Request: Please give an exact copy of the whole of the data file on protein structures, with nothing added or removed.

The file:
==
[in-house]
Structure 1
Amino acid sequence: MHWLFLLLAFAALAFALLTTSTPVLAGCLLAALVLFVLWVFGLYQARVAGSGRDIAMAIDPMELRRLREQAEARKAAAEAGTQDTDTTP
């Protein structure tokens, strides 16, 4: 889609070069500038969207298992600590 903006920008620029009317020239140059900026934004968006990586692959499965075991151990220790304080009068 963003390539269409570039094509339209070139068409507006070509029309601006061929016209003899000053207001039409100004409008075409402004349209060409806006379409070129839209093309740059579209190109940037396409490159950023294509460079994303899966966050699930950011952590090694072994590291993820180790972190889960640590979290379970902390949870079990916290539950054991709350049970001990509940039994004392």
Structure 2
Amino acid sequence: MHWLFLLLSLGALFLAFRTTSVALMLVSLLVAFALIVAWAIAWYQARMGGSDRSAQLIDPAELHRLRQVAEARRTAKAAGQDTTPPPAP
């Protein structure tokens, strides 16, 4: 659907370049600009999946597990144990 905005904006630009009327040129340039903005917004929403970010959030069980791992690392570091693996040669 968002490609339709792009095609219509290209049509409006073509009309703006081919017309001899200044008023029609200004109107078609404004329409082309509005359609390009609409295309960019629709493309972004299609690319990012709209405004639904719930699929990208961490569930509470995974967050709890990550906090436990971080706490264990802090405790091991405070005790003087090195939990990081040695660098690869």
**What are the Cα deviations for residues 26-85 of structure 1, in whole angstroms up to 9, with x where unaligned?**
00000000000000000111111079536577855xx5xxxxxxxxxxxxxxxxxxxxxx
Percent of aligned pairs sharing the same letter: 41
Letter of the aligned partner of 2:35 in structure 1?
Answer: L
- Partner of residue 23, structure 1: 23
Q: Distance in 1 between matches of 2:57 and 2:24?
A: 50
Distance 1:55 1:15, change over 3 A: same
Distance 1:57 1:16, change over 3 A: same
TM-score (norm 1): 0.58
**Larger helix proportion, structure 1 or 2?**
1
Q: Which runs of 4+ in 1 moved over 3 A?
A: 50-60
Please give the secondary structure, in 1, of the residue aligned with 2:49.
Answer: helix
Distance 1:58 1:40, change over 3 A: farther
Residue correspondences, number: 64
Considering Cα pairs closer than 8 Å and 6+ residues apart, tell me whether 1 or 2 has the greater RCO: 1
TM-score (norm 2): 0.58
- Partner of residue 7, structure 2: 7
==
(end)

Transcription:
[in-house]
Structure 1
Amino acid sequence: MHWLFLLLAFAALAFALLTTSTPVLAGCLLAALVLFVLWVFGLYQARVAGSGRDIAMAIDPMELRRLREQAEARKAAAEAGTQDTDTTP
């Protein structure tokens, strides 16, 4: 889609070069500038969207298992600590 903006920008620029009317020239140059900026934004968006990586692959499965075991151990220790304080009068 963003390539269409570039094509339209070139068409507006070509029309601006061929016209003899000053207001039409100004409008075409402004349209060409806006379409070129839209093309740059579209190109940037396409490159950023294509460079994303899966966050699930950011952590090694072994590291993820180790972190889960640590979290379970902390949870079990916290539950054991709350049970001990509940039994004392």
Structure 2
Amino acid sequence: MHWLFLLLSLGALFLAFRTTSVALMLVSLLVAFALIVAWAIAWYQARMGGSDRSAQLIDPAELHRLRQVAEARRTAKAAGQDTTPPPAP
């Protein structure tokens, strides 16, 4: 659907370049600009999946597990144990 905005904006630009009327040129340039903005917004929403970010959030069980791992690392570091693996040669 968002490609339709792009095609219509290209049509409006073509009309703006081919017309001899200044008023029609200004109107078609404004329409082309509005359609390009609409295309960019629709493309972004299609690319990012709209405004639904719930699929990208961490569930509470995974967050709890990550906090436990971080706490264990802090405790091991405070005790003087090195939990990081040695660098690869």
**What are the Cα deviations for residues 26-85 of structure 1, in whole angstroms up to 9, with x where unaligned?**
00000000000000000111111079536577855xx5xxxxxxxxxxxxxxxxxxxxxx
Percent of aligned pairs sharing the same letter: 41
Letter of the aligned partner of 2:35 in structure 1?
Answer: L
- Partner of residue 23, structure 1: 23
Q: Distance in 1 between matches of 2:57 and 2:24?
A: 50
Distance 1:55 1:15, change over 3 A: same
Distance 1:57 1:16, change over 3 A: same
TM-score (norm 1): 0.58
**Larger helix proportion, structure 1 or 2?**
1
Q: Which runs of 4+ in 1 moved over 3 A?
A: 50-60
Please give the secondary structure, in 1, of the residue aligned with 2:49.
Answer: helix
Distance 1:58 1:40, change over 3 A: farther
Residue correspondences, number: 64
Considering Cα pairs closer than 8 Å and 6+ residues apart, tell me whether 1 or 2 has the greater RCO: 1
TM-score (norm 2): 0.58
- Partner of residue 7, structure 2: 7